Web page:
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The American Petroleum Institute (API) reported a draw of 840,000 barrels in United States crude oil inventories, compared to analyst expectations for a healthier crude oil draw of 1.5 million barrels. While that news is particularly shocking, gasoline inventories saw a rather unexpected build of 1.374 million barrels—analysts were expecting a 2.2-million-barrel draw for the fuel instead.
Last week, the API reported a 1.3-million-barrel draw for crude oil inventories for week ending April 7, while the EIA reported a 2.2-million-barrel draw.
Distillates saw a 1.8-million-barrel draw compared after a 1.6-million-barrel draw last week.
Inventory at the Cushing, Oklahoma, site fell by 672,000 barrels, following another draw last week of 358,000 barrels.
Oil markets winced early on Tuesday after Saudi Arabia’s Energy Minister Khalid A. Al-Falih told reporters in Riyadh that “it is premature to talk about extending the cut,” dampening the excitement The Kingdom incited previously by saying it would be willing to extend the cuts.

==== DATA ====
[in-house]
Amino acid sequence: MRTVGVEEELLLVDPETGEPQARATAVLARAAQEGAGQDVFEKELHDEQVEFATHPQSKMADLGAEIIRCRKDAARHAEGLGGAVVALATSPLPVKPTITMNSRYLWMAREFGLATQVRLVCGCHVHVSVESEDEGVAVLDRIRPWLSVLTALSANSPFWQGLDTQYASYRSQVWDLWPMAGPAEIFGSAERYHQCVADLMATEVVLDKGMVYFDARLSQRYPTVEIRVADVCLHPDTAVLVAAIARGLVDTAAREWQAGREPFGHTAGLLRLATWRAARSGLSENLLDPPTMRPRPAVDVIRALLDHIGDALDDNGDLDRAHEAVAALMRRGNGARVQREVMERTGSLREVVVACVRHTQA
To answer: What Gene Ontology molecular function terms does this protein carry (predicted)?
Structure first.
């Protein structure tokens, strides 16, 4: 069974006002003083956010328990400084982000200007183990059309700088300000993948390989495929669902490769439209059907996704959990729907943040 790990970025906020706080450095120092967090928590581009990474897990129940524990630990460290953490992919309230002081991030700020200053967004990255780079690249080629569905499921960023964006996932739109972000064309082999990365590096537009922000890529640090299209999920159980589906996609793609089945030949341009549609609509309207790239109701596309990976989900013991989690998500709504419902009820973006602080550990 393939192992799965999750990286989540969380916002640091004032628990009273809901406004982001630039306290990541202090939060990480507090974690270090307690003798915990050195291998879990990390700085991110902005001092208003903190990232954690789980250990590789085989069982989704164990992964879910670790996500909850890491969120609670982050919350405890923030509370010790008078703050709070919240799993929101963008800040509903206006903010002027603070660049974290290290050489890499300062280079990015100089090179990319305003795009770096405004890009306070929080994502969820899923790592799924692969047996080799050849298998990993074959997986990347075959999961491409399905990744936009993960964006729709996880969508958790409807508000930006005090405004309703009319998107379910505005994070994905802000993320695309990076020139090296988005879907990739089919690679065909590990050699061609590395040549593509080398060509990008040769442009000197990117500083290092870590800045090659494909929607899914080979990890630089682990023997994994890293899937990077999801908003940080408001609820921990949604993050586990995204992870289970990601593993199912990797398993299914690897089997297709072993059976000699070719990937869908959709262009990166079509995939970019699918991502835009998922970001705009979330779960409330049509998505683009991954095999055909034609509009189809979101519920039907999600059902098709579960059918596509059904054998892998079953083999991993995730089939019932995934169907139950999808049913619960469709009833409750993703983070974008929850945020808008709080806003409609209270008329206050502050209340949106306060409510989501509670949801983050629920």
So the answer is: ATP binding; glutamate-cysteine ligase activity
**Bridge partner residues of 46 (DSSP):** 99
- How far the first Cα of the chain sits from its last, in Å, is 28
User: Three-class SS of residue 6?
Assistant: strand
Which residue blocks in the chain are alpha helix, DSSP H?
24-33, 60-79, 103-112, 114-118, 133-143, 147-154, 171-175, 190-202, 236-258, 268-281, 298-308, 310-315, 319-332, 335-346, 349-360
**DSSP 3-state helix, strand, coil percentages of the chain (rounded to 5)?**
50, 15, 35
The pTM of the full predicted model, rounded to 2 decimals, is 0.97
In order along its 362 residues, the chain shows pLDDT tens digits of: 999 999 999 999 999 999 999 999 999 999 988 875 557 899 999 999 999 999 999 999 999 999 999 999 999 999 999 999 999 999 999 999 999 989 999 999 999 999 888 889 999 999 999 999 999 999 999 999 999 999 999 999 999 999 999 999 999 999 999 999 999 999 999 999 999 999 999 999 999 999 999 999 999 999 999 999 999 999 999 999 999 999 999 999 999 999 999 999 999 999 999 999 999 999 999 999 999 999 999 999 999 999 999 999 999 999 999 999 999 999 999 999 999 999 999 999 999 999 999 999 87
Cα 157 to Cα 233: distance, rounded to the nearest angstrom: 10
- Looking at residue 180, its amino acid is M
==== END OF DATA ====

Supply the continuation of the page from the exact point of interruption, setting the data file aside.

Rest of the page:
Further weighing on prices was the EIA’s Drilling Productivity Report from Monday, which showed that U.S. oil production is expected to increase by 124,000 bpd in May over April—the largest monthly increase since February 2015.
As of 4:30PM, EST on Tuesday, WTI was trading down .04% at $52.63, with Brent Crude trading down .049% at $55.09. Gasoline was also trading down 0.38% at $1.713.
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This week’s draw in crude oil inventories is the seventh draw in the last sixteen weeks, using API data, with the API still reporting an overall hefty build over the previous 15 weeks of roughly 37.1 million barrels.
The disconnect between the API’s and EIA’s data is significant, with the EIA reported only three draws over the last fifteen weeks, with a total build of 47.3 million in that timeframe.
Almost a half hour after data release, WTI had slipped further to $52.30, and gasoline had fallen to $1.70. By 4:54PM EST, Brent Crude had fallen to $54.78.
Tomorrow at 10:30am EST, traders will be hanging on the EIA data to see if it agrees with this week’s gasoline build as reported by the API.
By Julianne Geiger for Oilprice.com
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Julianne Geiger is a veteran editor, writer and researcher for Oilprice.com, and a member of the Creative Professionals Networking Group.